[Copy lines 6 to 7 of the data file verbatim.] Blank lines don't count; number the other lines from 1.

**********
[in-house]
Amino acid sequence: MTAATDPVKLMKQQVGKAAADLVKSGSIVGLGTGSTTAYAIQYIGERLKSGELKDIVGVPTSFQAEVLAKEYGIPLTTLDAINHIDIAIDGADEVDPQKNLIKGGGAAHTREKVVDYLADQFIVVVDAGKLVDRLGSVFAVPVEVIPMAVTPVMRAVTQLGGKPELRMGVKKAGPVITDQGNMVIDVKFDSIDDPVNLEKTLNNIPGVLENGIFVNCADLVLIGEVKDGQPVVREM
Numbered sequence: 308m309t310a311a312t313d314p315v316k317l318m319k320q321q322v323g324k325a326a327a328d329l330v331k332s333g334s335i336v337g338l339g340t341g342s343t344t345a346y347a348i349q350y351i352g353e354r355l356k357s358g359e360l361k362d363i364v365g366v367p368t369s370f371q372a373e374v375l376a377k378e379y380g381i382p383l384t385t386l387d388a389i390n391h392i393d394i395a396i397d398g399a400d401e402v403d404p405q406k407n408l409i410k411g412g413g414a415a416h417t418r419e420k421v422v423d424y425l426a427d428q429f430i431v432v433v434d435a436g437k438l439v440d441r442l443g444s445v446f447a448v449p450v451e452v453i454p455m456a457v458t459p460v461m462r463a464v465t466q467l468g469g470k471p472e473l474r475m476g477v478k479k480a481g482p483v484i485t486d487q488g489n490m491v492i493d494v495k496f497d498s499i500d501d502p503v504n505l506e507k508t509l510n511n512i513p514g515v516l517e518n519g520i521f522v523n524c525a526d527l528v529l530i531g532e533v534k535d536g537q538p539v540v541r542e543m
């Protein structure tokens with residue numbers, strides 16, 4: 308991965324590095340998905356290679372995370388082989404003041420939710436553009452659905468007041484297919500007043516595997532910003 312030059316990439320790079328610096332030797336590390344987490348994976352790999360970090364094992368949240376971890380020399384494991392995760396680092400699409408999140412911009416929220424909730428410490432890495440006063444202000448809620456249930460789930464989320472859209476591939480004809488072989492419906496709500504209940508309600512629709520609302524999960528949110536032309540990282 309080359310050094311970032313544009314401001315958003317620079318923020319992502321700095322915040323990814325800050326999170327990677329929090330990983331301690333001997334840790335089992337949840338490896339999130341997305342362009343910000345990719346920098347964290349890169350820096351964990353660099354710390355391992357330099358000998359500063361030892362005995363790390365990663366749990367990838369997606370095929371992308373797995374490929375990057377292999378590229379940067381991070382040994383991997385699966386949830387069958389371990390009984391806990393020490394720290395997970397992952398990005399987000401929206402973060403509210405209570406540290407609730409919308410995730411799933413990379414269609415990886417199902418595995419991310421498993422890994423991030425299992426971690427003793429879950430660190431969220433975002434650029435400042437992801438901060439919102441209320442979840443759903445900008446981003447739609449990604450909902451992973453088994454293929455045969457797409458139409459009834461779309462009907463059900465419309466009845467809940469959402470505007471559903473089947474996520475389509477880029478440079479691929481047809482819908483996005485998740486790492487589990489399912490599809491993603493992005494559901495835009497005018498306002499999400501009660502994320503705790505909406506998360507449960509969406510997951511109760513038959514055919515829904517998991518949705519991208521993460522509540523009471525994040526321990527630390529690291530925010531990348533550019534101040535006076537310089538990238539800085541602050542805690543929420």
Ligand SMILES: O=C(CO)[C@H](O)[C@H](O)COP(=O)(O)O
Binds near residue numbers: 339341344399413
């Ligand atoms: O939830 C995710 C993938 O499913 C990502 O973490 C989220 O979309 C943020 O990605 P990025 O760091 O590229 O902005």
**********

Binds near residue numbers: 339341344399413
């Ligand atoms: O939830 C995710 C993938 O499913 C990502 O973490 C989220 O979309 C943020 O990605 P990025 O760091 O590229 O902005």